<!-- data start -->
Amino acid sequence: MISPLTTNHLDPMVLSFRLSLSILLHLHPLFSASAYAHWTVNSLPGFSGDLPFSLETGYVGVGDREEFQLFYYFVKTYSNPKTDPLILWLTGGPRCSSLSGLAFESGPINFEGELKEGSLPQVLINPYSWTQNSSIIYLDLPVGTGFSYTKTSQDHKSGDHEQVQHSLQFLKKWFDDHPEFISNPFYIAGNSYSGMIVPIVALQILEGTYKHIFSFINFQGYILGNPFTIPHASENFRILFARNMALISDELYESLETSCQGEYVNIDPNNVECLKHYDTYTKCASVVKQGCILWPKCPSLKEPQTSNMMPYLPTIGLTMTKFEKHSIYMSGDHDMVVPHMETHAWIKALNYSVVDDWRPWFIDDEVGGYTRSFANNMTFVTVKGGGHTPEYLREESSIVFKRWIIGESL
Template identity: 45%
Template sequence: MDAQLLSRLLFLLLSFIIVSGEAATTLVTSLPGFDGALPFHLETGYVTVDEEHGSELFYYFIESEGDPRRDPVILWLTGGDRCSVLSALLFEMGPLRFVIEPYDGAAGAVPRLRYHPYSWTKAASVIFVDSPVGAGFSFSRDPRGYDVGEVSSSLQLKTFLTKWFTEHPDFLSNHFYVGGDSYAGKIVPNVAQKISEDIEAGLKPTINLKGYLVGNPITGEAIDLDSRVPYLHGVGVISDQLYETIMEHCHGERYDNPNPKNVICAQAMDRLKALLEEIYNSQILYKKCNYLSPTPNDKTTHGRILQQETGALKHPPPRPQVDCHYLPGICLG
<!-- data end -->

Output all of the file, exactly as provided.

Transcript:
Amino acid sequence: MISPLTTNHLDPMVLSFRLSLSILLHLHPLFSASAYAHWTVNSLPGFSGDLPFSLETGYVGVGDREEFQLFYYFVKTYSNPKTDPLILWLTGGPRCSSLSGLAFESGPINFEGELKEGSLPQVLINPYSWTQNSSIIYLDLPVGTGFSYTKTSQDHKSGDHEQVQHSLQFLKKWFDDHPEFISNPFYIAGNSYSGMIVPIVALQILEGTYKHIFSFINFQGYILGNPFTIPHASENFRILFARNMALISDELYESLETSCQGEYVNIDPNNVECLKHYDTYTKCASVVKQGCILWPKCPSLKEPQTSNMMPYLPTIGLTMTKFEKHSIYMSGDHDMVVPHMETHAWIKALNYSVVDDWRPWFIDDEVGGYTRSFANNMTFVTVKGGGHTPEYLREESSIVFKRWIIGESL
Template identity: 45%
Template sequence: MDAQLLSRLLFLLLSFIIVSGEAATTLVTSLPGFDGALPFHLETGYVTVDEEHGSELFYYFIESEGDPRRDPVILWLTGGDRCSVLSALLFEMGPLRFVIEPYDGAAGAVPRLRYHPYSWTKAASVIFVDSPVGAGFSFSRDPRGYDVGEVSSSLQLKTFLTKWFTEHPDFLSNHFYVGGDSYAGKIVPNVAQKISEDIEAGLKPTINLKGYLVGNPITGEAIDLDSRVPYLHGVGVISDQLYETIMEHCHGERYDNPNPKNVICAQAMDRLKALLEEIYNSQILYKKCNYLSPTPNDKTTHGRILQQETGALKHPPPRPQVDCHYLPGICLG